What is Terrorism?
An edited version of this was printed in the Leicester Mercury, April 21 2004

The caption to the picture accompanying your account of George Bush and Tony Blair's meeting about Iraq (April 17) reads "Tony Blair and George Bush in Washington for talks on the war on terror". The war in Iraq and the “war on terror” are two different things, and to conflate the two in this way is to endorse Bush and Blair's contention that all their Iraqi opponents are terrorists.

“Terror” is an abstraction, and as such can’t be defeated. “War on terror” is a figure of speech belonging to propaganda rather than reasoned analysis. Saddam, although a vicious tyrant, had no proven links with al-Qaida. More Iraqis have died in the past year than would have been at risk from him. Many of the hundreds killed or hideously injured in Falluja were women, children and elderly men.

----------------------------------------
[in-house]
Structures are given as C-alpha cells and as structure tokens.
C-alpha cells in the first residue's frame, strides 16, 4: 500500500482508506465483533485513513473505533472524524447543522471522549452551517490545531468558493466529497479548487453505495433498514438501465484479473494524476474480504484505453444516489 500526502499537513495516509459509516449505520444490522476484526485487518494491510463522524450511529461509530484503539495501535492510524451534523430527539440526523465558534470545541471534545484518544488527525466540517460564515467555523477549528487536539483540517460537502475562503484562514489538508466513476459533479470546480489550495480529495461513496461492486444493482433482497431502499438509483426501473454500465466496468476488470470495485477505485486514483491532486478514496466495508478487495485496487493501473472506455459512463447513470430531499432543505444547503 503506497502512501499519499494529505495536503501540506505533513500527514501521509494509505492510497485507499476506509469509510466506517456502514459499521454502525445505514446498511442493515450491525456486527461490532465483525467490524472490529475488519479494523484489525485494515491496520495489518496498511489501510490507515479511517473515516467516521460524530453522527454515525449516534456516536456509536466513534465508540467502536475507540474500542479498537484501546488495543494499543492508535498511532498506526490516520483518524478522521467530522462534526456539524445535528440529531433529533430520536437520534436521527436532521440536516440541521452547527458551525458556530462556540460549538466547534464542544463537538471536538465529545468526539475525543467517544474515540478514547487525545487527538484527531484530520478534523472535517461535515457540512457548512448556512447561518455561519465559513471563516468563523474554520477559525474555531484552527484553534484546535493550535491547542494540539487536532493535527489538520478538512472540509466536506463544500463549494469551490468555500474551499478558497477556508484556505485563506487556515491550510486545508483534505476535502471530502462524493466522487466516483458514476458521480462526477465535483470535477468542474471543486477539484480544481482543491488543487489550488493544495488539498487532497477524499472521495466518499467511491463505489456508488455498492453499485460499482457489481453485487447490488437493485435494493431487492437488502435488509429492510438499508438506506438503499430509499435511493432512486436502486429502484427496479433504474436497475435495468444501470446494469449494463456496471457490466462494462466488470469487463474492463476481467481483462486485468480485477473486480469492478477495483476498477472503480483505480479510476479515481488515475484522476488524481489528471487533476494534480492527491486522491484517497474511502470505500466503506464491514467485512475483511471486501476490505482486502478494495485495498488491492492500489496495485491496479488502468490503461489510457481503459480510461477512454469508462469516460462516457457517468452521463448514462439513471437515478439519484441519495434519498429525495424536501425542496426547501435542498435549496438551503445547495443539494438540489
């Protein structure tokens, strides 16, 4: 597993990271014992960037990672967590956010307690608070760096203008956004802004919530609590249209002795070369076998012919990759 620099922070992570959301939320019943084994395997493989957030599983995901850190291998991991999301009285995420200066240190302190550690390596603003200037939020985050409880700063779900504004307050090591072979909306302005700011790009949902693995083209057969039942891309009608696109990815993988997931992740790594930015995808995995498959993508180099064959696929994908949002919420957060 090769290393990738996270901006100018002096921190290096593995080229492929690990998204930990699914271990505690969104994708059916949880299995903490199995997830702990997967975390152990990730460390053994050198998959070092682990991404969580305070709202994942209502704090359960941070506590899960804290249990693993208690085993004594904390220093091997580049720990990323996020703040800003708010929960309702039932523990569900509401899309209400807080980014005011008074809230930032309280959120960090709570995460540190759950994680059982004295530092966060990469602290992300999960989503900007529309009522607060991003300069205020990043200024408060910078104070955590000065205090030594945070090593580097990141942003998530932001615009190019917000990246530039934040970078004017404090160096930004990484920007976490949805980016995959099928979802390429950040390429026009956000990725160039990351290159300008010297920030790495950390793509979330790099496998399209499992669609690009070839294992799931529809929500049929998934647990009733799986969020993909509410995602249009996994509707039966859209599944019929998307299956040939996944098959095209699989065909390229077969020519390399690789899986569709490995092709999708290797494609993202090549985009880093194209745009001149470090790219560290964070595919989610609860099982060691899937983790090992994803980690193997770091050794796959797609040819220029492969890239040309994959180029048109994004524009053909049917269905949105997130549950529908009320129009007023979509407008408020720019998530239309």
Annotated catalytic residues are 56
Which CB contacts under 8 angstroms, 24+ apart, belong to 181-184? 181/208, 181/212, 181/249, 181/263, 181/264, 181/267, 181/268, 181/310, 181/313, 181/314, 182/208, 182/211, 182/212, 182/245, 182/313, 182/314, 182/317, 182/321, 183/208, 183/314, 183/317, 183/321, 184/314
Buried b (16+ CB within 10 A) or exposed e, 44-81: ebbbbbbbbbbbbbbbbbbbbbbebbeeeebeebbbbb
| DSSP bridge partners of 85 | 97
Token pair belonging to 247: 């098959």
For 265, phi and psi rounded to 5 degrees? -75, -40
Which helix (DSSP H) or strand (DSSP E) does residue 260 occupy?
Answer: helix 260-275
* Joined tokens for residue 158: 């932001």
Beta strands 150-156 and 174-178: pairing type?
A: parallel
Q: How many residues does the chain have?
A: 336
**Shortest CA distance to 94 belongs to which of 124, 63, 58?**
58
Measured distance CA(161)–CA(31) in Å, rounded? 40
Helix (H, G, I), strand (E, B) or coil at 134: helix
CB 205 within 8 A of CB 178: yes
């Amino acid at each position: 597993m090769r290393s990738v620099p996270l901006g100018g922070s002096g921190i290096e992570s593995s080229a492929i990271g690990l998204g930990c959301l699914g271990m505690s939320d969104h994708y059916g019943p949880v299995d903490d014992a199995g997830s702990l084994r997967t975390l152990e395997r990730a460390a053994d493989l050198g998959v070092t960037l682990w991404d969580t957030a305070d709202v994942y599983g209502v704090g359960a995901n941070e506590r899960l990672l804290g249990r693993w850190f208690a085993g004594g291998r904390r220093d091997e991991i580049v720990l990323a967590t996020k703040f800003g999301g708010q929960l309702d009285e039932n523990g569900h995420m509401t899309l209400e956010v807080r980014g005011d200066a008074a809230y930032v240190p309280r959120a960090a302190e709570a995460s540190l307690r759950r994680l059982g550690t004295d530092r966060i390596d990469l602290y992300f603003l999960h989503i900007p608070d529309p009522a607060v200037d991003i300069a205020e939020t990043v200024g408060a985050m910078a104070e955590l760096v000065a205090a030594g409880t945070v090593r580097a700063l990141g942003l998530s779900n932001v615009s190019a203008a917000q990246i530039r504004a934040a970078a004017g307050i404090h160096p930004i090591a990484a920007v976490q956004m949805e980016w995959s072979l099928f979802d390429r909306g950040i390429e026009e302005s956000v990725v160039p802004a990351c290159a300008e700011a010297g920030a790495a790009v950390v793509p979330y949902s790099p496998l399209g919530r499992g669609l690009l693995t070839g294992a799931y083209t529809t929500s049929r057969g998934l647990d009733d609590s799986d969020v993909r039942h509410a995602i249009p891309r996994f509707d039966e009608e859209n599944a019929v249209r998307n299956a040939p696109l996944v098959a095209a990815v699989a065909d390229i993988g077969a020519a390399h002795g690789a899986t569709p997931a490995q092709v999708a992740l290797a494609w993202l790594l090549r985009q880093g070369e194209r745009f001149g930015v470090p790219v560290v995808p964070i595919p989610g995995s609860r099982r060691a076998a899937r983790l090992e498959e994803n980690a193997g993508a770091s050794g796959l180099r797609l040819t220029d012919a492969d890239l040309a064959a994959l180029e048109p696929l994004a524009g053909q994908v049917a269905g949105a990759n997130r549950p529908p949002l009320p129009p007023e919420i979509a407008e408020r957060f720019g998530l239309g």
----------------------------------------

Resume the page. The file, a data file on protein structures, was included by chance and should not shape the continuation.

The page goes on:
Someone who deliberately targets civilians deserves to be called a terrorist. So does someone who applies the words "Shock and Awe" to a mass bombing campaign. But someone who picks up a rifle to defend his household against occupying troops is not necessarily a terrorist, however regrettable the resulting escalation of violence may be.

Brian Fewster
Green Party European Election Candidate for the East Midlands

Return to Euro 2004 intro
Return to home page

Published and promoted by and on behalf of Brian Fewster at 89a Winchester Avenue, Leicester LE3 1AY.